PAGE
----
Thursday, June 15:

Chamberlain, SD to Rapid City, SD via Badlands National Park and Wall, SD

The Badlands are just plain big, and a bit scary, really. One could so easily get lost walking about down in the Badlands. But they are awe-inspiring to look at. My photography can’t do it justice, but I’ll share what I have anyway.

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A Map of Our Trip

I’m still struggling to get adequate access to the internet to post pictures of our trip as we go along. I have such access right now, so I thought I’d start by adding a map of our trip so far. This is a shared Google MyMaps map, which should be easy enough to update even on limited internet access.

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Our “North to Alaska” Trek

… the Early Days

So here we are 18 days into our great “trip to Alaska” adventure, and here I am putting up my first blog post. That was not the plan. As with everything else in life, there are a number of different factors that have contributed to this delay, but the primary factor was lack of internet access.

Yes, it is true: even in these modern days, even at the most commercial, amenity-packed RV parks, internet access sufficient for uploading text and photos in less than two hours is most notable by its absence. It is clear that spending my entire working life in educational settings has spoiled me. Nevertheless, I am persisting in the writing and search for adequate public access, and will add posts as frequently as I can.

Right now, we are at Triple G’s Hideaway RV Park in Fort Nelson, British Columbia. What follows is the beginning of our timeline thus far, with a few illustrative photos. My next post will continue the timeline.

Monday, June 5, 2017: Left Rome, NY; arrived at Manassas, VA

We started the trip heading south, for Douglas, Ga, to be precise, because that is where our camper had been stored for the winter. Larry’s sister had space for it at her greenhouse location. We stopped in Manassa to spend the evening with some old friends, and went to lunch at a nice little sandwich shop in downtown Manassas.

June 6, 2017: Lunch, Manassas, VA

Our friends, Jill and Carl, with Larry and Owen, on the sandwich shop deck.

The real Owen

The “real” Owen: He uses that phone for everything, from reading books to chatting with friends.

Tuesday, June 6, 2017: Left Manassas, VA; arrived at Dillon, SC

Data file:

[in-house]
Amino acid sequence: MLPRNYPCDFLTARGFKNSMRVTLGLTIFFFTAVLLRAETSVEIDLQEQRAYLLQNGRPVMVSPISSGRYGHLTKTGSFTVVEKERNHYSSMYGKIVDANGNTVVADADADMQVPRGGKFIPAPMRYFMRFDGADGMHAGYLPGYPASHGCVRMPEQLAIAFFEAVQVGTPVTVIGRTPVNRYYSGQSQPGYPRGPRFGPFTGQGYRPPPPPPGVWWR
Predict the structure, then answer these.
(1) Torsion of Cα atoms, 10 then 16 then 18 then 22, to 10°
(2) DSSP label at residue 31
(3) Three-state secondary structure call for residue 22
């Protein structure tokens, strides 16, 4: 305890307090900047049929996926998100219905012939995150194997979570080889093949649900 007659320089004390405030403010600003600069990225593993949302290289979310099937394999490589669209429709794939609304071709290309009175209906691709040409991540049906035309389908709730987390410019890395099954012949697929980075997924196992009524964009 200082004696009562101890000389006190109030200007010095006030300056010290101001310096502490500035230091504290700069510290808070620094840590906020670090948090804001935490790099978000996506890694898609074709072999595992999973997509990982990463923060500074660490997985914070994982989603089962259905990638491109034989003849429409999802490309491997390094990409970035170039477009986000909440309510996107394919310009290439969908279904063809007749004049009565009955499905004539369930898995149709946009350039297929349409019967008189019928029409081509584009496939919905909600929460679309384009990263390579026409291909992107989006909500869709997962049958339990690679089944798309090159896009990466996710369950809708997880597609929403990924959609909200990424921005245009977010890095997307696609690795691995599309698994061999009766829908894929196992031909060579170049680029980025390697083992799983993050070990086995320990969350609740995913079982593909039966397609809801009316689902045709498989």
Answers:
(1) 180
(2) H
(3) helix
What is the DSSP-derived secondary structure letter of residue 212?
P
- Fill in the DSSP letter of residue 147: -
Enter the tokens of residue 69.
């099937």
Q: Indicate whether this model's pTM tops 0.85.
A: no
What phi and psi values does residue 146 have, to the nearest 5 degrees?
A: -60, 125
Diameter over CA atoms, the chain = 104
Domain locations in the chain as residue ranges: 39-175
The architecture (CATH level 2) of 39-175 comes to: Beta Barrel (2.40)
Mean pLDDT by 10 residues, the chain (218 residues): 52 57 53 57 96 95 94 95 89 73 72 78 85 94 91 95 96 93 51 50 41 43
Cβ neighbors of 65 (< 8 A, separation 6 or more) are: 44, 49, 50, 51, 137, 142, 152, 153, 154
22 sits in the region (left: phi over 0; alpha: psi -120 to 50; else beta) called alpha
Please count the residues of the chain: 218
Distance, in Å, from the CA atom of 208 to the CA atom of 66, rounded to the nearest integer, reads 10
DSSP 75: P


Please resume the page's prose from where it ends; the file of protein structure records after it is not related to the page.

This was just a quick stop on our way to Douglas, GA. We got in a bit late, due to our afternoon start, and just grabbed a quick bite to eat at a nearby chain “chicken” fast food vendor. Arguably the worst chicken and fries we have ever eaten, Ah well…

Wednesday, June 7, 2017: Left Dillon, SC; arrived at Douglas, GA

A little bit of history here: We left Rome at the end of a cold and rainy week, in the midst of more rain. There was nice sunshine in Manassas, but as we drove south, it began to be overcast, again. Larry was sure we were going to drive out of it as we proceeded further south and west to Douglas. He was right, we did drive out of it, and then right back into it. Thus, we arrived Wednesday evening in Douglas, GA in a steady drizzle, which apparently was the first rain they had seen in days.

Thursday, June 8, 2017: Left Douglas, GA; arrived Fort Mountain State Park, GA

I arranged a stay at this location because: 1) Larry much, much prefers camping in national and state parks. He likes the ambiance – I like electricity and hot showers; usually this works out. And 2) because every other state park along our route was already booked up. The park is a bit off the beaten path, but is worth the effort (and the showers are just fine, in case you care ;-). The park gets its name from the mysterious rock wall that has been built across the summit. No one has yet determined who built it or why. That alone makes it worth a look.

The Fort Mountain Wall, June 2017

A view along part of the 835 feet of piled rock wall

It is hard to tell in the above photo, but the wall is about 5 feet wide at the base, and about 4 feet high overall.This is just one curve along the length. Archeologists, historians and other specialists have been investigating the wall, but no one has figured out who put it here, or why.

Friday, June 9, 2017: Left Fort Mountain State Park, GA; arrived in Nashville, TN

We stayed in a “Jellystone” RV park here, partly because it was the only park we could get into. Our intent was to spend a day with my sister Melody, but we had overlooked the Country Music Awards and another music festival were both happening this same weekend. Oops-oh! This was also our first experience with RV park “high speed” wifi – we couldn’t even get on the network!

Stay tuned… More to come, hopefully sooner than the next 18 days!